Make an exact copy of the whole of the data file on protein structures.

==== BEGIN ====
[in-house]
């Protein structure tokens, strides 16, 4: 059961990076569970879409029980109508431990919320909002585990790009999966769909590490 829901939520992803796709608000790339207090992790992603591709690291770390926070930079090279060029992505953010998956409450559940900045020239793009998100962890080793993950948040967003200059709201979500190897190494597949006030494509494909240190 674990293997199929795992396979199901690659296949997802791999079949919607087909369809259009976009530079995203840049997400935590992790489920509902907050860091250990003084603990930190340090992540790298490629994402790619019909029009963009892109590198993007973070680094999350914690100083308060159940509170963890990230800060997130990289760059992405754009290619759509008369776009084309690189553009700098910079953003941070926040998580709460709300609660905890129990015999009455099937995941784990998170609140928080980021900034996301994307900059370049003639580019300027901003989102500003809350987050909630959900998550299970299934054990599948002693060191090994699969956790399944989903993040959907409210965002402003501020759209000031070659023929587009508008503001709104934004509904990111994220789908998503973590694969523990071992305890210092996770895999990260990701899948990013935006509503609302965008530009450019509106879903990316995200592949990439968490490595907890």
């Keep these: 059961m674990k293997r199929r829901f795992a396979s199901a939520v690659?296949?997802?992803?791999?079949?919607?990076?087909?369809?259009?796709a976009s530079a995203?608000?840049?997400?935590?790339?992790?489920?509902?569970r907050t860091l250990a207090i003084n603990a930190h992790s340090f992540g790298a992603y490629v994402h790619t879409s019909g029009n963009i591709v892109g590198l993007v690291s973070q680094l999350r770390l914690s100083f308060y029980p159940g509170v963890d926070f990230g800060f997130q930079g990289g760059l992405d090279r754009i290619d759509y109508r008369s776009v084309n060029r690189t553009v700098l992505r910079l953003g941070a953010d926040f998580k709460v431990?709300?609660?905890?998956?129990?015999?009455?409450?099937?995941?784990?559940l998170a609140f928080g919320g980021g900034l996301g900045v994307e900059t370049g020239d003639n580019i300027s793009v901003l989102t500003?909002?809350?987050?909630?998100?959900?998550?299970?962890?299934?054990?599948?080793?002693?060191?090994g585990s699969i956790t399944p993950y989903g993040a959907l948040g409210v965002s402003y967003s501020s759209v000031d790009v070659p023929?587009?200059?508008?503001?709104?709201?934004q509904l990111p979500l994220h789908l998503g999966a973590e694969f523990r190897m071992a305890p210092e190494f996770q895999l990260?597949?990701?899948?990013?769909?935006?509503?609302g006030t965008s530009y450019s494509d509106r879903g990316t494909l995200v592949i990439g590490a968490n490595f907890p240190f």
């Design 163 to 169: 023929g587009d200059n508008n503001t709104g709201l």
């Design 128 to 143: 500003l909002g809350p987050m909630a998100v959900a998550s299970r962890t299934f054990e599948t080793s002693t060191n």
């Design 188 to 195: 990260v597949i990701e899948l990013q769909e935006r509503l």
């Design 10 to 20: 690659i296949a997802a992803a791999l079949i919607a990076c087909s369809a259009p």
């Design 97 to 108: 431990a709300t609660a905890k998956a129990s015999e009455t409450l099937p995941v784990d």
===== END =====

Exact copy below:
[in-house]
């Protein structure tokens, strides 16, 4: 059961990076569970879409029980109508431990919320909002585990790009999966769909590490 829901939520992803796709608000790339207090992790992603591709690291770390926070930079090279060029992505953010998956409450559940900045020239793009998100962890080793993950948040967003200059709201979500190897190494597949006030494509494909240190 674990293997199929795992396979199901690659296949997802791999079949919607087909369809259009976009530079995203840049997400935590992790489920509902907050860091250990003084603990930190340090992540790298490629994402790619019909029009963009892109590198993007973070680094999350914690100083308060159940509170963890990230800060997130990289760059992405754009290619759509008369776009084309690189553009700098910079953003941070926040998580709460709300609660905890129990015999009455099937995941784990998170609140928080980021900034996301994307900059370049003639580019300027901003989102500003809350987050909630959900998550299970299934054990599948002693060191090994699969956790399944989903993040959907409210965002402003501020759209000031070659023929587009508008503001709104934004509904990111994220789908998503973590694969523990071992305890210092996770895999990260990701899948990013935006509503609302965008530009450019509106879903990316995200592949990439968490490595907890």
């Keep these: 059961m674990k293997r199929r829901f795992a396979s199901a939520v690659?296949?997802?992803?791999?079949?919607?990076?087909?369809?259009?796709a976009s530079a995203?608000?840049?997400?935590?790339?992790?489920?509902?569970r907050t860091l250990a207090i003084n603990a930190h992790s340090f992540g790298a992603y490629v994402h790619t879409s019909g029009n963009i591709v892109g590198l993007v690291s973070q680094l999350r770390l914690s100083f308060y029980p159940g509170v963890d926070f990230g800060f997130q930079g990289g760059l992405d090279r754009i290619d759509y109508r008369s776009v084309n060029r690189t553009v700098l992505r910079l953003g941070a953010d926040f998580k709460v431990?709300?609660?905890?998956?129990?015999?009455?409450?099937?995941?784990?559940l998170a609140f928080g919320g980021g900034l996301g900045v994307e900059t370049g020239d003639n580019i300027s793009v901003l989102t500003?909002?809350?987050?909630?998100?959900?998550?299970?962890?299934?054990?599948?080793?002693?060191?090994g585990s699969i956790t399944p993950y989903g993040a959907l948040g409210v965002s402003y967003s501020s759209v000031d790009v070659p023929?587009?200059?508008?503001?709104?709201?934004q509904l990111p979500l994220h789908l998503g999966a973590e694969f523990r190897m071992a305890p210092e190494f996770q895999l990260?597949?990701?899948?990013?769909?935006?509503?609302g006030t965008s530009y450019s494509d509106r879903g990316t494909l995200v592949i990439g590490a968490n490595f907890p240190f």
């Design 163 to 169: 023929g587009d200059n508008n503001t709104g709201l």
């Design 128 to 143: 500003l909002g809350p987050m909630a998100v959900a998550s299970r962890t299934f054990e599948t080793s002693t060191n």
């Design 188 to 195: 990260v597949i990701e899948l990013q769909e935006r509503l």
């Design 10 to 20: 690659i296949a997802a992803a791999l079949i919607a990076c087909s369809a259009p």
């Design 97 to 108: 431990a709300t609660a905890k998956a129990s015999e009455t409450l099937p995941v784990d």